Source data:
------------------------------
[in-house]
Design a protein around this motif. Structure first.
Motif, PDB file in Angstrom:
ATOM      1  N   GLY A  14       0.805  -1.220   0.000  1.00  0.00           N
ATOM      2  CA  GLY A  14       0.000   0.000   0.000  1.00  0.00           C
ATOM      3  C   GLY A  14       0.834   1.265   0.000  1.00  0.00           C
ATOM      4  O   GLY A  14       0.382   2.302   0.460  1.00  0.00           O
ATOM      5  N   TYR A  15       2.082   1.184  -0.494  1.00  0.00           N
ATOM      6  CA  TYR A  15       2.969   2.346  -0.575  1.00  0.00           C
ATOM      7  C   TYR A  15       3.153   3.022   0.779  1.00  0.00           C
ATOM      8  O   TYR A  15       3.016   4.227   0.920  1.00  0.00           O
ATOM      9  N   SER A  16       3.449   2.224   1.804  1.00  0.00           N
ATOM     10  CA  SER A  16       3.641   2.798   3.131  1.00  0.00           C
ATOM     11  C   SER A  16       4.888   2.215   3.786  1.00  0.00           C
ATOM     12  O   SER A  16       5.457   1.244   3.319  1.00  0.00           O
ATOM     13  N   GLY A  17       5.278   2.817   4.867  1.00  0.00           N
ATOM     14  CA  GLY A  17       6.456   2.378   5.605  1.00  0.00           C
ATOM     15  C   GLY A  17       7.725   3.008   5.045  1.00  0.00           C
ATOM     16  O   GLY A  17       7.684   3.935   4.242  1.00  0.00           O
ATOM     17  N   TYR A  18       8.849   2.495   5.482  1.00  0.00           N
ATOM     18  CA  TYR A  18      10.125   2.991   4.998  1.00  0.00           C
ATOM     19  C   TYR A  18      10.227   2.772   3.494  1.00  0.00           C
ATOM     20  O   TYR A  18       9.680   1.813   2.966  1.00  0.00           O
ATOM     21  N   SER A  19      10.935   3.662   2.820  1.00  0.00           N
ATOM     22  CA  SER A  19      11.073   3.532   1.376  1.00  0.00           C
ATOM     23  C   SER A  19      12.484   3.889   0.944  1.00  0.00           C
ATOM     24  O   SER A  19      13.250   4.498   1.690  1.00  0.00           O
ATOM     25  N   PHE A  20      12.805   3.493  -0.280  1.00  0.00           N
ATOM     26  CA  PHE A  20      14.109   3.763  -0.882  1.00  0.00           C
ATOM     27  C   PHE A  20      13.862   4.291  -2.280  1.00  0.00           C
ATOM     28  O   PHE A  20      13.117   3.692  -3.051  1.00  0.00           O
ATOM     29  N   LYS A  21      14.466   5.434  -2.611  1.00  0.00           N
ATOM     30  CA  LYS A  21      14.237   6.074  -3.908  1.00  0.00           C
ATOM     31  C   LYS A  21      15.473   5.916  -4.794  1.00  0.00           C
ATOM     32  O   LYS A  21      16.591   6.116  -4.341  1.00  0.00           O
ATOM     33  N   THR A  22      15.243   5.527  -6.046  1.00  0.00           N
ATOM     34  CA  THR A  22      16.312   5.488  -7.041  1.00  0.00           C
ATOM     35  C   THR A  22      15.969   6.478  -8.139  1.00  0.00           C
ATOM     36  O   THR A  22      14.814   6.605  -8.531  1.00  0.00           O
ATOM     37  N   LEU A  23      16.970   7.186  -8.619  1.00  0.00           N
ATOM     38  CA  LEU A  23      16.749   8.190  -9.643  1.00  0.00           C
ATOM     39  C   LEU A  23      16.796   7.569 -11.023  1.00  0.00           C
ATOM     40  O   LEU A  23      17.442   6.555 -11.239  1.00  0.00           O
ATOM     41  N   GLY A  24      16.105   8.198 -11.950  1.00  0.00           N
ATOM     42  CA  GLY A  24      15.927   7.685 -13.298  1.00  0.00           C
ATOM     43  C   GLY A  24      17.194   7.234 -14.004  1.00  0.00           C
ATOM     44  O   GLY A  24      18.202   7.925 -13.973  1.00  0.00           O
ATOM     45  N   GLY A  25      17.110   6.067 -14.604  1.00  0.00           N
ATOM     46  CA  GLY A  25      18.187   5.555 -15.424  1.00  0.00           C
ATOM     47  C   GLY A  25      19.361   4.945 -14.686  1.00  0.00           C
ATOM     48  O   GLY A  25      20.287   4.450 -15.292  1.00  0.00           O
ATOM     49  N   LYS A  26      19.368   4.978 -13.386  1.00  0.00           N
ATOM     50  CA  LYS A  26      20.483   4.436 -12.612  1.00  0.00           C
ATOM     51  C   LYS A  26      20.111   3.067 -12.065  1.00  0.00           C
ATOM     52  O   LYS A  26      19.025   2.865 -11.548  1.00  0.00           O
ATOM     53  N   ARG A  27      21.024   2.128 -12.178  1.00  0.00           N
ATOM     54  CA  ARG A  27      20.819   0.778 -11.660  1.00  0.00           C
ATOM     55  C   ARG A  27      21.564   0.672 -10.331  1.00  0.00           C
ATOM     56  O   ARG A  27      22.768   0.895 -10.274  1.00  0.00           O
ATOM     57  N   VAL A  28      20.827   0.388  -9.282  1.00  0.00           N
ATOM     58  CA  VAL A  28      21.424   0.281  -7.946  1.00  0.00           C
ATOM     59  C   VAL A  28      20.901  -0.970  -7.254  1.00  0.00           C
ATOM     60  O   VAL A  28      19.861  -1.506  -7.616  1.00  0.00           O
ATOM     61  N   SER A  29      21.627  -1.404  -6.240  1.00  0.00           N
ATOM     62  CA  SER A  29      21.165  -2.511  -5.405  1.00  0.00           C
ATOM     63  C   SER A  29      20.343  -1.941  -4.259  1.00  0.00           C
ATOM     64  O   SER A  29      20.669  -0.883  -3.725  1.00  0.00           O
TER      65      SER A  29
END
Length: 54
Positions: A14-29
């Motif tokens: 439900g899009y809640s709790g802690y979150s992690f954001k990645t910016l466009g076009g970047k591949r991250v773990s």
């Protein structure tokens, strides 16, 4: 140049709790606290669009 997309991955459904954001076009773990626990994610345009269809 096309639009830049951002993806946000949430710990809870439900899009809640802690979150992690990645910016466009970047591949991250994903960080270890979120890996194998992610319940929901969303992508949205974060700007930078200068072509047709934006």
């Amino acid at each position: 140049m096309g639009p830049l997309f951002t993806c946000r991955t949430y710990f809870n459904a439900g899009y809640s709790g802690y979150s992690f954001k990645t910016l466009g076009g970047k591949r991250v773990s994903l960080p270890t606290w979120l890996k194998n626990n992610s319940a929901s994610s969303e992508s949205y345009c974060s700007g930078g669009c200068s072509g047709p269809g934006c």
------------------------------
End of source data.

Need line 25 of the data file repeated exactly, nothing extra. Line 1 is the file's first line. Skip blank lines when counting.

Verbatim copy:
ATOM     22  CA  SER A  19      11.073   3.532   1.376  1.00  0.00           C